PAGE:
Black Heritage in Racing Tour

Mondays, on non-racing days

Kentucky Derby Museum is honored to participate in Louisville Tourism’s Unfiltered Truth Collection. In 2021, the Museum enlarged its Black Heritage in Racing Exhibit and moved it to a prominent location on the first floor. This move was done thanks to generous sponsorship by the James Graham Brown Foundation and Churchill Downs. While the exhibit has been a part of the Museum since 1993, this move was necessary to pay proper homage to the many African Americans who played an integral role throughout the history of the Kentucky Derby and Thoroughbred racing.

On the Black Heritage in Racing Tour, you’ll discover some of the most important African American figures in horse racing - from the jockey only known as Simon to two-time Derby winner Jimmy Winkfield. You’ll also visit locations throughout Churchill Downs while hearing about their incredible legacy. The tour wraps up in the Black Heritage in Racing Exhibit where you’ll learn how African American trainers, horse owners, and jockeys continue to shape the future of racing today.

Black Heritage in Racing Tour Schedule:


  • 1:00 p.m.
All times are in Eastern Daylight Time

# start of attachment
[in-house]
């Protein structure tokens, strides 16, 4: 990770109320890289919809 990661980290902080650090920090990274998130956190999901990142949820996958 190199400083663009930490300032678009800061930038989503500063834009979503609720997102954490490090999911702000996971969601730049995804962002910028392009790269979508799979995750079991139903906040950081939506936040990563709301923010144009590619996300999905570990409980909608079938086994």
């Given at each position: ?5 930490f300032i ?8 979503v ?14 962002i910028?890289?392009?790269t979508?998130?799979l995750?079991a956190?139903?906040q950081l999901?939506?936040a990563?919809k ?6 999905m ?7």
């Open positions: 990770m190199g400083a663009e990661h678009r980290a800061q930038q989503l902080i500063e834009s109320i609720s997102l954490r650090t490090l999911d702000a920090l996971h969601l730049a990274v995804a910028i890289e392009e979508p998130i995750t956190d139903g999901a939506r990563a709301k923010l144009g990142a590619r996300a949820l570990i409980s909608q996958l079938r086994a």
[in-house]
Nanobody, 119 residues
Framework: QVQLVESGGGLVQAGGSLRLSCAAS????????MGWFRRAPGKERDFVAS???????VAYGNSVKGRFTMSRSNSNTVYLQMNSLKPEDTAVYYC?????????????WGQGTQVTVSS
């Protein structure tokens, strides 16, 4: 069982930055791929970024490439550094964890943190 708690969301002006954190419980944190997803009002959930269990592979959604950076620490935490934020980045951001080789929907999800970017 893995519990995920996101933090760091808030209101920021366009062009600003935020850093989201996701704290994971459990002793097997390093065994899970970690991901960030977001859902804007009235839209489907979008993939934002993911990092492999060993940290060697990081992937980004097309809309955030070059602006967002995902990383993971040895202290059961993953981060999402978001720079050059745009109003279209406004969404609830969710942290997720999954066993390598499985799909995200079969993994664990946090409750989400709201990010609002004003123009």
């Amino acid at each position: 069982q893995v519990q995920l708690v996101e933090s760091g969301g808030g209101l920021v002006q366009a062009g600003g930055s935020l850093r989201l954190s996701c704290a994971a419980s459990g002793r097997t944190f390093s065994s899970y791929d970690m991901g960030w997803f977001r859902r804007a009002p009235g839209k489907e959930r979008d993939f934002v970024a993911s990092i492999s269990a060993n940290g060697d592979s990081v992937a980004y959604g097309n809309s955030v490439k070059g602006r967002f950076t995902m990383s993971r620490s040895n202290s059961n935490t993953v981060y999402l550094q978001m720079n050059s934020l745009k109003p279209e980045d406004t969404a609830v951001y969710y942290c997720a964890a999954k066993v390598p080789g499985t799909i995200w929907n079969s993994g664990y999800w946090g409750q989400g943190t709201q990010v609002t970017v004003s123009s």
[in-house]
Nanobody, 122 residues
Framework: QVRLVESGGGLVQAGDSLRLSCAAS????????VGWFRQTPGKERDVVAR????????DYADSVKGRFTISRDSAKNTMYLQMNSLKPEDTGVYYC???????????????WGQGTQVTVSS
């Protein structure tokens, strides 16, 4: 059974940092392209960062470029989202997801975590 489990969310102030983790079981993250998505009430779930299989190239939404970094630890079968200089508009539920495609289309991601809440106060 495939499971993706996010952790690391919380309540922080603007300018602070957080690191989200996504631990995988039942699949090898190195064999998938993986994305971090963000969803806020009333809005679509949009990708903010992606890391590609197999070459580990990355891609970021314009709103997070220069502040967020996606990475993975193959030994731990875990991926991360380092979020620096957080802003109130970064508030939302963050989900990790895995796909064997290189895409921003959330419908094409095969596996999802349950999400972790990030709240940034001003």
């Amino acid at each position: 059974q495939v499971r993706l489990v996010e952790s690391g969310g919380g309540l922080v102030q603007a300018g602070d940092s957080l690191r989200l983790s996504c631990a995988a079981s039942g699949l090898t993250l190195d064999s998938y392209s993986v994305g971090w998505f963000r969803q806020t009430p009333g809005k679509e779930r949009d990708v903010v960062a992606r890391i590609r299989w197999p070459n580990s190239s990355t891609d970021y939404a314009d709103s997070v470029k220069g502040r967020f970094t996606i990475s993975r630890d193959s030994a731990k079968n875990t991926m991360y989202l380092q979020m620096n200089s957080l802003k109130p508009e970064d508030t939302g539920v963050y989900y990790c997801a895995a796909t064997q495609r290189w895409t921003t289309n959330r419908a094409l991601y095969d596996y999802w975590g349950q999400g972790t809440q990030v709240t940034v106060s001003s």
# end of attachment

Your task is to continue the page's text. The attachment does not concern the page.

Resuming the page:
Prices starting at $15

To select your General Admission and Tour time:

Book Your Experience

 Kentucky Derby Museum

 1 hour 30 minutes

 Recommended for ages 13+

 Not Wheelchair accessible


Includes stairs


Approximately .75 miles of walking


Black Heritage in Racing Tour & Exhibit



Traveling Black Heritage in Racing exhibit

Black Heritage in Racing Traveling Exhibit

The Black Heritage in Racing traveling exhibit serves as a companion piece to the Black Heritage in Racing permanent exhibit at the Kentucky Derby Museum. Beginning in the era of settler colonialism in what would eventually become the United States, the exhibit details how enslaved Africans laid the foundation for horse racing in this part of the world. The exhibit continues by showing how crucial Black Americans were to the early success of the Kentucky Derby; how the era of segregation and Jim Crow drove African Americans from the industry; telling the stories of Black Americans that served as primary caretakers for horses in the 20th century and detailing the initiatives of the Black community to increase the participation of African Americans in the industry in the modern era.

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